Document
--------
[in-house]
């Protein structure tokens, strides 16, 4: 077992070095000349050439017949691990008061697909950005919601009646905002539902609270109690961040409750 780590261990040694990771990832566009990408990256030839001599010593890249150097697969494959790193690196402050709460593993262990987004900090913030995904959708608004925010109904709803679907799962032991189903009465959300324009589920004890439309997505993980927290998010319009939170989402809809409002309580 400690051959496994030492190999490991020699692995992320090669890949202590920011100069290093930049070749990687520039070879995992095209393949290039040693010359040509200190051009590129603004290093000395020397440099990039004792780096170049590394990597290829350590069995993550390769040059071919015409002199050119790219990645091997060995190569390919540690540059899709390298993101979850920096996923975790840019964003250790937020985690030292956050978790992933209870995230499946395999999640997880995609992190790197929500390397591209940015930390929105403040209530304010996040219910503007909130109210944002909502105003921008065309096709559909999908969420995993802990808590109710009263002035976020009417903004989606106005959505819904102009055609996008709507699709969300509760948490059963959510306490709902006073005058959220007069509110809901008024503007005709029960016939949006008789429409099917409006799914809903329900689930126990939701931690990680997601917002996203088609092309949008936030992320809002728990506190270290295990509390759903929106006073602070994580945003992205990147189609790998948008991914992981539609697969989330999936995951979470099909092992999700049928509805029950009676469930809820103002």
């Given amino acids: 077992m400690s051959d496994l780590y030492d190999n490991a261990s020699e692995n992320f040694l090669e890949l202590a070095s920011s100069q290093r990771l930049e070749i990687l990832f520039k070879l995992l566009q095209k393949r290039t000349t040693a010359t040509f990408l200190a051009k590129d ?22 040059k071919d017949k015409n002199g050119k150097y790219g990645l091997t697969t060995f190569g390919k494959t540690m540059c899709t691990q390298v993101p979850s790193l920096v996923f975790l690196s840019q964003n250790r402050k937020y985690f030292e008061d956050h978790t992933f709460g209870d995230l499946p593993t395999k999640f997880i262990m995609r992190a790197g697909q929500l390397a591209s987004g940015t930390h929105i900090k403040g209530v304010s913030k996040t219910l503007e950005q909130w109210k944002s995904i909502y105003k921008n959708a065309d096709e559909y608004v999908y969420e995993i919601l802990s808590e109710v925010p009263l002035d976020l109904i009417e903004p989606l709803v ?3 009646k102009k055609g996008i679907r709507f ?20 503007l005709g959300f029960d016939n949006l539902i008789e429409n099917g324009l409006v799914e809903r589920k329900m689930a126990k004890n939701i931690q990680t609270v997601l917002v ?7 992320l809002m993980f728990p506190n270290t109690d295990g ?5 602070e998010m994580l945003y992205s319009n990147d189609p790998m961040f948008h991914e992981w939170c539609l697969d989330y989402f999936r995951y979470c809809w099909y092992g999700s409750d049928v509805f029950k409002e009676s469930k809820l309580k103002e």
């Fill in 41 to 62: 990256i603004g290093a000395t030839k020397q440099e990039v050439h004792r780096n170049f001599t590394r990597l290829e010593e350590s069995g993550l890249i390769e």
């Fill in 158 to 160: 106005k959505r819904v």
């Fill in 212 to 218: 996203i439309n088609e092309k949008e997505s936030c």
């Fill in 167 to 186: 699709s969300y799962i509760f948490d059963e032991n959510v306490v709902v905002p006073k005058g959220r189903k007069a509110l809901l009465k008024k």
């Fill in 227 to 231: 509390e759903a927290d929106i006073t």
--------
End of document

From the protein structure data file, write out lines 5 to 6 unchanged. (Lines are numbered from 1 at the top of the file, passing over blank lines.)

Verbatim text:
């Fill in 158 to 160: 106005k959505r819904v």
């Fill in 212 to 218: 996203i439309n088609e092309k949008e997505s936030c």